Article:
Security Experts:

Fake Minecraft Cheats Hosted on Google Play Hide Android Scareware

Android users have downloaded scareware disguised as cheats for the popular game Minecraft from Google Play hundreds of thousands, possibly millions, of times, researchers at ESET reported.

The security firm says it has identified a total of 33 bogus Minecraft applications that hide a piece of scareware (Android/FakeApp.AL). The deceptive apps are designed to trick users into thinking that their devices are infected with viruses that can only be removed if they subscribe via SMS to a premium service. In this case, signing up for the service costs victims more than $5 per week.

“All of the identified scareware apps behaved in a similar way, the only differences being in the names and icons of the applications. They were uploaded to the Play store by different developer accounts, but we assume that these were all created by one person,” ESET’s Lukas Stefanko explained in a blog post.

According to ESET, the fake Minecraft apps were uploaded to Google Play starting with August 2014. Despite getting low ratings and negative comments, the 33 applications were downloaded between 660.000 and 2.800.000 times from Google’s official app market before being removed by the search giant.

“The damage that this recent Android malware discovery can inflict is perhaps less acute when compared to the file-encrypting Android/Simplocker but the seriousness of this threat lies in the fact that it may have been downloaded by almost three million users from the official Google Play store,” Stefanko said.

Google reported last month that the overall rate of potentially harmful application installs decreased by almost 50 percent between the first and last quarters of 2014. However, Android users need to be on the lookout since they’re constantly targeted by cybercriminals.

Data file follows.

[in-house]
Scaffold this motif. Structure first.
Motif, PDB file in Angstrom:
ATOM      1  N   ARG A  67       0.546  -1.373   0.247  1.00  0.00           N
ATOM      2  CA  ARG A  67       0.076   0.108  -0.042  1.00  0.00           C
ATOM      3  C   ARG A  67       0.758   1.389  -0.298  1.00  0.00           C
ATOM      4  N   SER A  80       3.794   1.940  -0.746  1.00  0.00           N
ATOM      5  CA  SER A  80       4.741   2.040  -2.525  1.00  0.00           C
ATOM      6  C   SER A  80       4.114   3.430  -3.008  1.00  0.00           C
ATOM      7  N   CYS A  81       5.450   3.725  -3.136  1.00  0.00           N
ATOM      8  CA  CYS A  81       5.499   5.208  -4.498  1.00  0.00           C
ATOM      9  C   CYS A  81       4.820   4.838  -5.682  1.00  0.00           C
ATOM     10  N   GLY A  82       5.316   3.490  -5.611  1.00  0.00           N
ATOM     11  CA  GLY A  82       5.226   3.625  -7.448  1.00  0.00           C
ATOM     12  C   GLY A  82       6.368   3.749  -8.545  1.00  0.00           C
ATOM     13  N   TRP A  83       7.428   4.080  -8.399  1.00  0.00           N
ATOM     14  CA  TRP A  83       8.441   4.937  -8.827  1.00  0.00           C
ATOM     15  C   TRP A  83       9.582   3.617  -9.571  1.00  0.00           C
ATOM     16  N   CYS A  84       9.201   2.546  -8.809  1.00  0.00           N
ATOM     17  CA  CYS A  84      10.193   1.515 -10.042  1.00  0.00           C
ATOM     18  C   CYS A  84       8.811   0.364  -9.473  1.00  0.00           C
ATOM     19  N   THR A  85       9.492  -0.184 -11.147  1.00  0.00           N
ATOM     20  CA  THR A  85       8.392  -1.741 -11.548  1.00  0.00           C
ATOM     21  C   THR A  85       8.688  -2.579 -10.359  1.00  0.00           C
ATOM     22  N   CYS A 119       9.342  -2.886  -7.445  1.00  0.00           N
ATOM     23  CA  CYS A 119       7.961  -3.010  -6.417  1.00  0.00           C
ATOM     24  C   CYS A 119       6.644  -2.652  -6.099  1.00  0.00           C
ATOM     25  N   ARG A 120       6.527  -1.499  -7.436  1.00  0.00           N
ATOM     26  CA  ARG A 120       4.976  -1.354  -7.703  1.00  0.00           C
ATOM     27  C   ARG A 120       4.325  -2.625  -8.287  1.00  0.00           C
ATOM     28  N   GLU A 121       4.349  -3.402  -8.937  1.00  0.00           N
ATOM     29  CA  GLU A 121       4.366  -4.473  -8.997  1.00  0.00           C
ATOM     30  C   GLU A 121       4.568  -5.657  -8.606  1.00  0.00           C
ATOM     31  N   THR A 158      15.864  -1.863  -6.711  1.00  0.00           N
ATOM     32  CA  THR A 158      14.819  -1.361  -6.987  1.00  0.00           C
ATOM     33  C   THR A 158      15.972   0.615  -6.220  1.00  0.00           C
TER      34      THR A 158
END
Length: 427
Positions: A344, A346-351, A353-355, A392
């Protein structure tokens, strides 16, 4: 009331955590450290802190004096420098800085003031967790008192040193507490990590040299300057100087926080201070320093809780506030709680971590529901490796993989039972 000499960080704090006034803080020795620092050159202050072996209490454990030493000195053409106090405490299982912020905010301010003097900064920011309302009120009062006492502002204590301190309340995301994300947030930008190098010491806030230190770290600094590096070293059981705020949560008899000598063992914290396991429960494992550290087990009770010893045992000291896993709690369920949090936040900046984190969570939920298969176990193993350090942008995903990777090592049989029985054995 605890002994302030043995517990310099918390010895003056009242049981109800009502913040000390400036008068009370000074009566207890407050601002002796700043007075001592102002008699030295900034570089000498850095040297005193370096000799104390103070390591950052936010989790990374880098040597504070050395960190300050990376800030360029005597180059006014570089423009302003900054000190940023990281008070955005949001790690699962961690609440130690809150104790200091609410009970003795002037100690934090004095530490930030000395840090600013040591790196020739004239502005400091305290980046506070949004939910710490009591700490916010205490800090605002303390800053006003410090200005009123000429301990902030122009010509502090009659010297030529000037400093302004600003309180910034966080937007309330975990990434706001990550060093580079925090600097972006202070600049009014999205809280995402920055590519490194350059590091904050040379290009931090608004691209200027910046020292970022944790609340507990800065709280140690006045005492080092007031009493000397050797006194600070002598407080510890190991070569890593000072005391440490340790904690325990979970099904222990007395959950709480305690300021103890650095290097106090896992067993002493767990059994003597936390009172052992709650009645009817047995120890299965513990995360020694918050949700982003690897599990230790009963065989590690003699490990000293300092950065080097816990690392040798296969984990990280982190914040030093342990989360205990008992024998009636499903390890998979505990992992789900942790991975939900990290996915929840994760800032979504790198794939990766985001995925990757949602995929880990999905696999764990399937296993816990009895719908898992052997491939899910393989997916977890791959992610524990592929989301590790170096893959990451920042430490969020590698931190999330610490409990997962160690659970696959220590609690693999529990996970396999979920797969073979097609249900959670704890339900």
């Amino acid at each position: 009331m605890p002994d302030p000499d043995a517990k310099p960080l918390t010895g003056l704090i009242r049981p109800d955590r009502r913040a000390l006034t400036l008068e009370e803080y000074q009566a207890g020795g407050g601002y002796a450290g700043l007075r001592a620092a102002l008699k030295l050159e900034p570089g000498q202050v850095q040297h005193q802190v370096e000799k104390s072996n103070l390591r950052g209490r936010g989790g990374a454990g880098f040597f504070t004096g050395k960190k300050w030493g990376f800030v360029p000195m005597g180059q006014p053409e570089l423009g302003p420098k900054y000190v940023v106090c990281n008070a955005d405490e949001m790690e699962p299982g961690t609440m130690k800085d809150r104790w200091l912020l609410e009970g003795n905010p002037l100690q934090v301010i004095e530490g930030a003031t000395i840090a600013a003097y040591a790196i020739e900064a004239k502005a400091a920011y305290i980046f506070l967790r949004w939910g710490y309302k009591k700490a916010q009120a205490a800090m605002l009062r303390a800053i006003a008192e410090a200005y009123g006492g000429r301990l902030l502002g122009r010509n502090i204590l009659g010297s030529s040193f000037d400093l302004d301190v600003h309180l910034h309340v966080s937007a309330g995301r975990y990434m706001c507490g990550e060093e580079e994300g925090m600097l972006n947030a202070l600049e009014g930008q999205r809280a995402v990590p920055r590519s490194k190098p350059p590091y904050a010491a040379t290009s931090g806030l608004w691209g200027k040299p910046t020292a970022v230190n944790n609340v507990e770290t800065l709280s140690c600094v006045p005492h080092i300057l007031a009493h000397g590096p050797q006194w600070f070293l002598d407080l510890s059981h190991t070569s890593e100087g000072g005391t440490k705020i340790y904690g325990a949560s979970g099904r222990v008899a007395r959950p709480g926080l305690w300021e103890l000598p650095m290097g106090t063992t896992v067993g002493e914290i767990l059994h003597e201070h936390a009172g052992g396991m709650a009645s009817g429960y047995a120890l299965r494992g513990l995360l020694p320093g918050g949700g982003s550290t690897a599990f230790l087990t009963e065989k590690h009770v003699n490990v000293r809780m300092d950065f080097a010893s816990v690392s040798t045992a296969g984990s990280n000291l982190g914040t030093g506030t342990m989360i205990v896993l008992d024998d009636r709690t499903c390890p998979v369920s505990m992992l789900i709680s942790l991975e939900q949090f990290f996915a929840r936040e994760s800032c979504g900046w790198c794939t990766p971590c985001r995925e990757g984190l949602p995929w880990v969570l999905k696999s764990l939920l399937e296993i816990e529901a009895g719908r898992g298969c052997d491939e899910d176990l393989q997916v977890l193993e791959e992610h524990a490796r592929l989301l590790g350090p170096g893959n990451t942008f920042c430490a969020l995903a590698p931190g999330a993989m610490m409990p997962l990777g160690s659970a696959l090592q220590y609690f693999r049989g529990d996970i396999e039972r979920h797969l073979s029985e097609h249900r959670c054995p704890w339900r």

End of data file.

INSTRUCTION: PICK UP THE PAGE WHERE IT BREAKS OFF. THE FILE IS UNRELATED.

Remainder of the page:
Bitdefender today reported seeing a new wave of FBI ransomware targeted at Android users. Malicious actors have sent out more than 15,000 spam emails over the past three days in an effort to distribute a piece of ransomware (Android.Trojan.SLocker.DZ) that locks smartphones. Victims are instructed to pay $500 via MoneyPak and PayPal My Cash transfers to restore their devices.

Bitdefender says Android.Trojan.SLocker.DZ is one of the most prevalent Android ransomware families. The security firm noted that its internal telemetry shows multiple versions of this malware family distributed via spam messages coming from .edu, .com, .net and .org domain servers.

Related: Flawed Android Factory Reset Allows Recovery of Sensitive Data

Related: Google Pulls Android Apps Infected With Adware From Google Play

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Eduard Kovacs (@EduardKovacs) is a contributing editor at SecurityWeek. He worked as a high school IT teacher for two years before starting a career in journalism as Softpedia’s security news reporter. Eduard holds a bachelor’s degree in industrial informatics and a master’s degree in computer techniques applied in electrical engineering.